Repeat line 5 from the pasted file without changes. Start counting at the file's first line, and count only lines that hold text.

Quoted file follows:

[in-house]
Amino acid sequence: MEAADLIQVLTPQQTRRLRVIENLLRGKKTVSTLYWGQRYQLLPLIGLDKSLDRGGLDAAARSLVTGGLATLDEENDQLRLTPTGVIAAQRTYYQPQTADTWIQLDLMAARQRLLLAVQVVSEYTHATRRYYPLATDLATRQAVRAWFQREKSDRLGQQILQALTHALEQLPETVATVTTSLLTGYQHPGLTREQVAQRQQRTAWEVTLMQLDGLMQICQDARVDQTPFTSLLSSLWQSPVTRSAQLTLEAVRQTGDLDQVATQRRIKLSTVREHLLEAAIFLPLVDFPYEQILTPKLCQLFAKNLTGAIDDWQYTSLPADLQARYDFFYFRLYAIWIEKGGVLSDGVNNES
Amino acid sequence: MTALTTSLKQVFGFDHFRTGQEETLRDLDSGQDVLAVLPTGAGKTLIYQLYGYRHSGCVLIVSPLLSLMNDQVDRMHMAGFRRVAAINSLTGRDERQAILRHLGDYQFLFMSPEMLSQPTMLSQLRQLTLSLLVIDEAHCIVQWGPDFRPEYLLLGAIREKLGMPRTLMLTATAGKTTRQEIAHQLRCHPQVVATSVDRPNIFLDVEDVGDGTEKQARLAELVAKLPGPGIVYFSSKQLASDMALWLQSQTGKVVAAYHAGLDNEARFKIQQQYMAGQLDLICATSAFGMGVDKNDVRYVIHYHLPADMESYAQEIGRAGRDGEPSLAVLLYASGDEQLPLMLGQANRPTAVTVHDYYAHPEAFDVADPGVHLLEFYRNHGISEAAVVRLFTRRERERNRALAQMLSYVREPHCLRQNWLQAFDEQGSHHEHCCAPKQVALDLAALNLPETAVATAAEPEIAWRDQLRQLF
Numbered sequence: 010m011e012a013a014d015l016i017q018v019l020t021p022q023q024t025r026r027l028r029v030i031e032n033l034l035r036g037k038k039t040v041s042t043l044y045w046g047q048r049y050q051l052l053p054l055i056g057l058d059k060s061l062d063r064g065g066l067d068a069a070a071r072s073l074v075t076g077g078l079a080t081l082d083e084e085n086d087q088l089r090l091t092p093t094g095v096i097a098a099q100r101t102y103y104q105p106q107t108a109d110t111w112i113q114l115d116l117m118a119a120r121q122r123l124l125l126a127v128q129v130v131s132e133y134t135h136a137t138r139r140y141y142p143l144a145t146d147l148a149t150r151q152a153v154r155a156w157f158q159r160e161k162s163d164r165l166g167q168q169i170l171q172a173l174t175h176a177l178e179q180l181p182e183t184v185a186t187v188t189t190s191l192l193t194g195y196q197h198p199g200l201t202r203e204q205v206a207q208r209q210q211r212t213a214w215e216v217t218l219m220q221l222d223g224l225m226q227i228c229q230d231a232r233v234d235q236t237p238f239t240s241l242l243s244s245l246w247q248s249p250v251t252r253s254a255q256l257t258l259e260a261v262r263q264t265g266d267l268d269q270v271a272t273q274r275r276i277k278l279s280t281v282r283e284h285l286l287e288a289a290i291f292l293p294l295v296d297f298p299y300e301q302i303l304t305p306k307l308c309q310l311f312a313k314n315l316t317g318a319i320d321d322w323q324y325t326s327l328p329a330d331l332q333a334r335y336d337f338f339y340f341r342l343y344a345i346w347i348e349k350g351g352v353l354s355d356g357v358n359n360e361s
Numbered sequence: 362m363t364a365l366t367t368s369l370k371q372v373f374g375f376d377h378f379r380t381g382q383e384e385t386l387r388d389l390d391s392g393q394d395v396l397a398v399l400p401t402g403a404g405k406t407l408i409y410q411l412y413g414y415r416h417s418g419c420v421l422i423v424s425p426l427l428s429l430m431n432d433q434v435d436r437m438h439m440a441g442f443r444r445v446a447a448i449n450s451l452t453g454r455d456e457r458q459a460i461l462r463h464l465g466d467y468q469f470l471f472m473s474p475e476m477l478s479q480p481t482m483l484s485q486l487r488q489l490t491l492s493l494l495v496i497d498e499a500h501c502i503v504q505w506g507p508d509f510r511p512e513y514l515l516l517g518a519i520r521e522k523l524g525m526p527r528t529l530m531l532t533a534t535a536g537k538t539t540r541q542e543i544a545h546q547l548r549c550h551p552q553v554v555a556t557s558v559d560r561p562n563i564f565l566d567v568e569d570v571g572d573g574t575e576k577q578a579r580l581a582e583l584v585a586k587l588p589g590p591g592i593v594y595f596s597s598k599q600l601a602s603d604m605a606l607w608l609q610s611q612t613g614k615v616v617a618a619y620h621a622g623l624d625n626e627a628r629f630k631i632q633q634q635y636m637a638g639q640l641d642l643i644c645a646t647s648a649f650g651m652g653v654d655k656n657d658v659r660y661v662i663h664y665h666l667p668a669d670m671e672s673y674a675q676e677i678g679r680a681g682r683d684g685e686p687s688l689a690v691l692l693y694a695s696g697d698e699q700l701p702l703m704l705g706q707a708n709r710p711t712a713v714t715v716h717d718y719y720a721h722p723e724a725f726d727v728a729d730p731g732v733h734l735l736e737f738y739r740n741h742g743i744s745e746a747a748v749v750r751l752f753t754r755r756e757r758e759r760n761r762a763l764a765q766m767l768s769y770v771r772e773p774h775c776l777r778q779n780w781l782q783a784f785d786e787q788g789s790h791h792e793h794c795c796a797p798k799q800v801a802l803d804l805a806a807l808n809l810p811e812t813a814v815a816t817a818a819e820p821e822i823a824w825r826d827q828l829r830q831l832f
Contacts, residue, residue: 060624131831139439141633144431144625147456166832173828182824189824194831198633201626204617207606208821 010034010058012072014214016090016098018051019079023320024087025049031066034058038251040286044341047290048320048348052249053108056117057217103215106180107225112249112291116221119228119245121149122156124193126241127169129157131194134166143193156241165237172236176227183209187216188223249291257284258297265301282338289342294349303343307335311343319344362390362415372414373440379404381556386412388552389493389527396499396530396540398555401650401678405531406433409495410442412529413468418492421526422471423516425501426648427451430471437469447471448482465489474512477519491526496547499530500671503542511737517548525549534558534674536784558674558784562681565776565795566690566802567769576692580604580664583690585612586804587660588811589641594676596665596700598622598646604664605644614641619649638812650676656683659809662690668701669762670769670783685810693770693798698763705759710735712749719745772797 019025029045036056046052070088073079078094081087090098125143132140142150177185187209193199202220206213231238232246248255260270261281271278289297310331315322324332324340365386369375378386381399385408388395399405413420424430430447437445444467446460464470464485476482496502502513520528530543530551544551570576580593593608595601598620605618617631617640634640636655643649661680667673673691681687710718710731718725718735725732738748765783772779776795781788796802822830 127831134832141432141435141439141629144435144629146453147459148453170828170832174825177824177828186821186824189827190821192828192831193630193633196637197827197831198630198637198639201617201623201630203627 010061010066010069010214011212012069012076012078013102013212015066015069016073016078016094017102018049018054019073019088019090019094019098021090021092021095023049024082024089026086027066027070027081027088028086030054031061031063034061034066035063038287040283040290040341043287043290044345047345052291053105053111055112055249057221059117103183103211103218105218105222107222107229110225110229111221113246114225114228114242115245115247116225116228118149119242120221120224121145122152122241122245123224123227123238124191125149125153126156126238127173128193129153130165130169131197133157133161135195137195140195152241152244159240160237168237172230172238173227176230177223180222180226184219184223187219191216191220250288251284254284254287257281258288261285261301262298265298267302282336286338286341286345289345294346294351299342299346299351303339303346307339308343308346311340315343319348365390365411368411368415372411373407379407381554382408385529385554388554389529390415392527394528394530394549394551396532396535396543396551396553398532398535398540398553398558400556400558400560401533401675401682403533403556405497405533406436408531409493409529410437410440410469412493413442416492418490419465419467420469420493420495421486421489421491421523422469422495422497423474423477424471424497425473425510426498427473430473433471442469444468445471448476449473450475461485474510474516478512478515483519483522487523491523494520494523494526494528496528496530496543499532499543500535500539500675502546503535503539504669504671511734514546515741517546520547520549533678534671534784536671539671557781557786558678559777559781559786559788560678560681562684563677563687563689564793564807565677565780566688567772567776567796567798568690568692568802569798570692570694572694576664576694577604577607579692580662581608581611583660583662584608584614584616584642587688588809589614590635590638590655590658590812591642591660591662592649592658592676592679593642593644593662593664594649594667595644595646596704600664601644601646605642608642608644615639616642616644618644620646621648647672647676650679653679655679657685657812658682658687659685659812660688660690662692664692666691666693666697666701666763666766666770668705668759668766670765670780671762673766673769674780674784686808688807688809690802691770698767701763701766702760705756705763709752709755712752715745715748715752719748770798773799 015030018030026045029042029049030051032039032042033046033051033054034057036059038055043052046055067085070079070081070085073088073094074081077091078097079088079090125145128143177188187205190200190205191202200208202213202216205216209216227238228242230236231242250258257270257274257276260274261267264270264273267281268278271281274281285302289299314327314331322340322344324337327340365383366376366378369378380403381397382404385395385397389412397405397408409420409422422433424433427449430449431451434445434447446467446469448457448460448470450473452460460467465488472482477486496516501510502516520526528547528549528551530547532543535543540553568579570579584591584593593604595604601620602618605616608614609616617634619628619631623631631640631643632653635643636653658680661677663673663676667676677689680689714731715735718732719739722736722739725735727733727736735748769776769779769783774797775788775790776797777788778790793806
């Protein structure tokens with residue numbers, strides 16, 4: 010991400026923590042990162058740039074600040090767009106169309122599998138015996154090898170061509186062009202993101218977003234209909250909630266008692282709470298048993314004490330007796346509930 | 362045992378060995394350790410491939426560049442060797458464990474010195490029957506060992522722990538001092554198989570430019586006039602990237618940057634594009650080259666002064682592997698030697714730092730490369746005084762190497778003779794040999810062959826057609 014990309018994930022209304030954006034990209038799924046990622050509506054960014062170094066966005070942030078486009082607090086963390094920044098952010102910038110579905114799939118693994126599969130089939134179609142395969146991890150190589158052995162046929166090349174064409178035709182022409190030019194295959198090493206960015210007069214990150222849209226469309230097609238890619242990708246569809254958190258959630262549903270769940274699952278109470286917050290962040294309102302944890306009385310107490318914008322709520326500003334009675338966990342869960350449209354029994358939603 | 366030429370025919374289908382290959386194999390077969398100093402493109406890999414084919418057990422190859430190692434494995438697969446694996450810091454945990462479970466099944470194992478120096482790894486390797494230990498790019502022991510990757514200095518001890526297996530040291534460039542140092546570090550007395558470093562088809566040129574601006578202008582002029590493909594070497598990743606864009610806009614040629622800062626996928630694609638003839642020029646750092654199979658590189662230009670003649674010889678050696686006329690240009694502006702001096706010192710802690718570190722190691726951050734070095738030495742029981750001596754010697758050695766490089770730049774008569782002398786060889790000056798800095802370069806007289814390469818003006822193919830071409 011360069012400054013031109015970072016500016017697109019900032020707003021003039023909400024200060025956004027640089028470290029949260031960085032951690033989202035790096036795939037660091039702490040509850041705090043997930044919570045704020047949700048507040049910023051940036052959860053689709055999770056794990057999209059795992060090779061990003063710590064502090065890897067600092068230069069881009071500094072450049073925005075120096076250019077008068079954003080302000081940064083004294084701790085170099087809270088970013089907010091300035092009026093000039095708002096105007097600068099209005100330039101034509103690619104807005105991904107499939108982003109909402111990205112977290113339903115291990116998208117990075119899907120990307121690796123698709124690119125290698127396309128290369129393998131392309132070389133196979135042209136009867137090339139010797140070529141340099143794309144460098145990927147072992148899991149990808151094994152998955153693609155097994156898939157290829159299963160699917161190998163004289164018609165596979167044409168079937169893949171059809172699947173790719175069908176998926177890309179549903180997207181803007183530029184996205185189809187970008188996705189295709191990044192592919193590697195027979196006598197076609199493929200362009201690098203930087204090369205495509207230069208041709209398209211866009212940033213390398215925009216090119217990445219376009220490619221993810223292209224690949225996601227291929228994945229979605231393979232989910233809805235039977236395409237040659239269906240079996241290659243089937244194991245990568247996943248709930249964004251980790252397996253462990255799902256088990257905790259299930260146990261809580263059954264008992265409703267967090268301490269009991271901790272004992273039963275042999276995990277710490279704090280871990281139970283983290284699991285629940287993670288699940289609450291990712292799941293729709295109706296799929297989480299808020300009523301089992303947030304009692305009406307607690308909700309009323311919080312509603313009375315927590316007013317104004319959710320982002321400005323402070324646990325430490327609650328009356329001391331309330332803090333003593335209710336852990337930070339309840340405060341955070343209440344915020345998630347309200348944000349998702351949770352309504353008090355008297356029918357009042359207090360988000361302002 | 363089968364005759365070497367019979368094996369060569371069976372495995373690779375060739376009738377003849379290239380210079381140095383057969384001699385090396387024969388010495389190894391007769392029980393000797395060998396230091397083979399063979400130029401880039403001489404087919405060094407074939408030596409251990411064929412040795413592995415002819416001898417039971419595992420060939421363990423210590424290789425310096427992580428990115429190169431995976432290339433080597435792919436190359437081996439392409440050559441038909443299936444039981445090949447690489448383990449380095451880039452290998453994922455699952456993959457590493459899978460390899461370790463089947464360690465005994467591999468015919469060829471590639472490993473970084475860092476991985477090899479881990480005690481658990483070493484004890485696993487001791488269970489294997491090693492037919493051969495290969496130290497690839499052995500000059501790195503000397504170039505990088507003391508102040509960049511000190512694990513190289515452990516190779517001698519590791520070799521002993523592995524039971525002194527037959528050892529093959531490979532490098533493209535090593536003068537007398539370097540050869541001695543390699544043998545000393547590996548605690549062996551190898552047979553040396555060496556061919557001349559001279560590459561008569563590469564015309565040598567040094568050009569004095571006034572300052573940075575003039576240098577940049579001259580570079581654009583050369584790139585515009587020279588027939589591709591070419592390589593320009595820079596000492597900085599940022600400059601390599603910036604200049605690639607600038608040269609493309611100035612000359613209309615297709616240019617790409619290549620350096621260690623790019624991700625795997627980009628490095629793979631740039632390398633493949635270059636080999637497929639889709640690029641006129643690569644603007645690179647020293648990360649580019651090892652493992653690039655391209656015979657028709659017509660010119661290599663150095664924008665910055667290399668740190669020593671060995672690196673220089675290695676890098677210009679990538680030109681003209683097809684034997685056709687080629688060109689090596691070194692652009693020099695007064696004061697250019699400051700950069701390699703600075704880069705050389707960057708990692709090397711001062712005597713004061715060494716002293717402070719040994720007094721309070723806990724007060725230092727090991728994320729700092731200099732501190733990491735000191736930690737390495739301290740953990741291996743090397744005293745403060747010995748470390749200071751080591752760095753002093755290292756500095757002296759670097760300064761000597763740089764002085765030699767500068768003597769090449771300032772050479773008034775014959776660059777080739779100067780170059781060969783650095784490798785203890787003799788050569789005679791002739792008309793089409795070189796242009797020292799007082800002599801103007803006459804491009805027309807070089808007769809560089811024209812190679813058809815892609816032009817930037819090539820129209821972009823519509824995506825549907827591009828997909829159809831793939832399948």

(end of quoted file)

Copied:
Numbered sequence: 362m363t364a365l366t367t368s369l370k371q372v373f374g375f376d377h378f379r380t381g382q383e384e385t386l387r388d389l390d391s392g393q394d395v396l397a398v399l400p401t402g403a404g405k406t407l408i409y410q411l412y413g414y415r416h417s418g419c420v421l422i423v424s425p426l427l428s429l430m431n432d433q434v435d436r437m438h439m440a441g442f443r444r445v446a447a448i449n450s451l452t453g454r455d456e457r458q459a460i461l462r463h464l465g466d467y468q469f470l471f472m473s474p475e476m477l478s479q480p481t482m483l484s485q486l487r488q489l490t491l492s493l494l495v496i497d498e499a500h501c502i503v504q505w506g507p508d509f510r511p512e513y514l515l516l517g518a519i520r521e522k523l524g525m526p527r528t529l530m531l532t533a534t535a536g537k538t539t540r541q542e543i544a545h546q547l548r549c550h551p552q553v554v555a556t557s558v559d560r561p562n563i564f565l566d567v568e569d570v571g572d573g574t575e576k577q578a579r580l581a582e583l584v585a586k587l588p589g590p591g592i593v594y595f596s597s598k599q600l601a602s603d604m605a606l607w608l609q610s611q612t613g614k615v616v617a618a619y620h621a622g623l624d625n626e627a628r629f630k631i632q633q634q635y636m637a638g639q640l641d642l643i644c645a646t647s648a649f650g651m652g653v654d655k656n657d658v659r660y661v662i663h664y665h666l667p668a669d670m671e672s673y674a675q676e677i678g679r680a681g682r683d684g685e686p687s688l689a690v691l692l693y694a695s696g697d698e699q700l701p702l703m704l705g706q707a708n709r710p711t712a713v714t715v716h717d718y719y720a721h722p723e724a725f726d727v728a729d730p731g732v733h734l735l736e737f738y739r740n741h742g743i744s745e746a747a748v749v750r751l752f753t754r755r756e757r758e759r760n761r762a763l764a765q766m767l768s769y770v771r772e773p774h775c776l777r778q779n780w781l782q783a784f785d786e787q788g789s790h791h792e793h794c795c796a797p798k799q800v801a802l803d804l805a806a807l808n809l810p811e812t813a814v815a816t817a818a819e820p821e822i823a824w825r826d827q828l829r830q831l832f